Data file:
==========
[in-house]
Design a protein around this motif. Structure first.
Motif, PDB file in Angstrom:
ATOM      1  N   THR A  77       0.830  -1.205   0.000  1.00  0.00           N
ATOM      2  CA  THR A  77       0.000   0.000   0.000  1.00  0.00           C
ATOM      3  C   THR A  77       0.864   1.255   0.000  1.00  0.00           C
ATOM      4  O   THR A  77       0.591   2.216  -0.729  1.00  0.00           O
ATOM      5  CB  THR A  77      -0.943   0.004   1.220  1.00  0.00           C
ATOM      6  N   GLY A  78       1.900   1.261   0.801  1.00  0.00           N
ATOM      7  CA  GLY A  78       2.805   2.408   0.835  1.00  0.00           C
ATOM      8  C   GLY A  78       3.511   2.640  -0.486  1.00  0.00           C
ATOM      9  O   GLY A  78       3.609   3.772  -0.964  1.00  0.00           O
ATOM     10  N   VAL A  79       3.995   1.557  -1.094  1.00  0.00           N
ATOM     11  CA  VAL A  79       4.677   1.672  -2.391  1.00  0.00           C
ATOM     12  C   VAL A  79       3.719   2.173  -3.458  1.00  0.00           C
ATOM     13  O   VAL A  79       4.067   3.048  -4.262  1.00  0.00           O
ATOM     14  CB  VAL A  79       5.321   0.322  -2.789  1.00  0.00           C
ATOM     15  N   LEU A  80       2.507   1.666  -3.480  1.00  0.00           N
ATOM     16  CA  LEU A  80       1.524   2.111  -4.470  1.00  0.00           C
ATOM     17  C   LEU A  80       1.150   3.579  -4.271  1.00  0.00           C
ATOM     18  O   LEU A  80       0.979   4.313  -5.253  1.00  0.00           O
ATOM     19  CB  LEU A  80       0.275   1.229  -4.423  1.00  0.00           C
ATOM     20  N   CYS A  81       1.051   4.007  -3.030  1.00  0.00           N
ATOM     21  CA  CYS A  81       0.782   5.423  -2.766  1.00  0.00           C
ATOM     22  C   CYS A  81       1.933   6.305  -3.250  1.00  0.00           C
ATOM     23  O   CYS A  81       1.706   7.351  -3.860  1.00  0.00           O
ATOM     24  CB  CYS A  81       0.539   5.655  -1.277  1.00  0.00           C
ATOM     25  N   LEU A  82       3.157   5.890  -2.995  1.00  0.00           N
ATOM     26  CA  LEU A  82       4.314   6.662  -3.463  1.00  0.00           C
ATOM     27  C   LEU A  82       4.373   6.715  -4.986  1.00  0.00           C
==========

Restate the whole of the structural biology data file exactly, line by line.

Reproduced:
[in-house]
Design a protein around this motif. Structure first.
Motif, PDB file in Angstrom:
ATOM      1  N   THR A  77       0.830  -1.205   0.000  1.00  0.00           N
ATOM      2  CA  THR A  77       0.000   0.000   0.000  1.00  0.00           C
ATOM      3  C   THR A  77       0.864   1.255   0.000  1.00  0.00           C
ATOM      4  O   THR A  77       0.591   2.216  -0.729  1.00  0.00           O
ATOM      5  CB  THR A  77      -0.943   0.004   1.220  1.00  0.00           C
ATOM      6  N   GLY A  78       1.900   1.261   0.801  1.00  0.00           N
ATOM      7  CA  GLY A  78       2.805   2.408   0.835  1.00  0.00           C
ATOM      8  C   GLY A  78       3.511   2.640  -0.486  1.00  0.00           C
ATOM      9  O   GLY A  78       3.609   3.772  -0.964  1.00  0.00           O
ATOM     10  N   VAL A  79       3.995   1.557  -1.094  1.00  0.00           N
ATOM     11  CA  VAL A  79       4.677   1.672  -2.391  1.00  0.00           C
ATOM     12  C   VAL A  79       3.719   2.173  -3.458  1.00  0.00           C
ATOM     13  O   VAL A  79       4.067   3.048  -4.262  1.00  0.00           O
ATOM     14  CB  VAL A  79       5.321   0.322  -2.789  1.00  0.00           C
ATOM     15  N   LEU A  80       2.507   1.666  -3.480  1.00  0.00           N
ATOM     16  CA  LEU A  80       1.524   2.111  -4.470  1.00  0.00           C
ATOM     17  C   LEU A  80       1.150   3.579  -4.271  1.00  0.00           C
ATOM     18  O   LEU A  80       0.979   4.313  -5.253  1.00  0.00           O
ATOM     19  CB  LEU A  80       0.275   1.229  -4.423  1.00  0.00           C
ATOM     20  N   CYS A  81       1.051   4.007  -3.030  1.00  0.00           N
ATOM     21  CA  CYS A  81       0.782   5.423  -2.766  1.00  0.00           C
ATOM     22  C   CYS A  81       1.933   6.305  -3.250  1.00  0.00           C
ATOM     23  O   CYS A  81       1.706   7.351  -3.860  1.00  0.00           O
ATOM     24  CB  CYS A  81       0.539   5.655  -1.277  1.00  0.00           C
ATOM     25  N   LEU A  82       3.157   5.890  -2.995  1.00  0.00           N
ATOM     26  CA  LEU A  82       4.314   6.662  -3.463  1.00  0.00           C
ATOM     27  C   LEU A  82       4.373   6.715  -4.986  1.00  0.00           C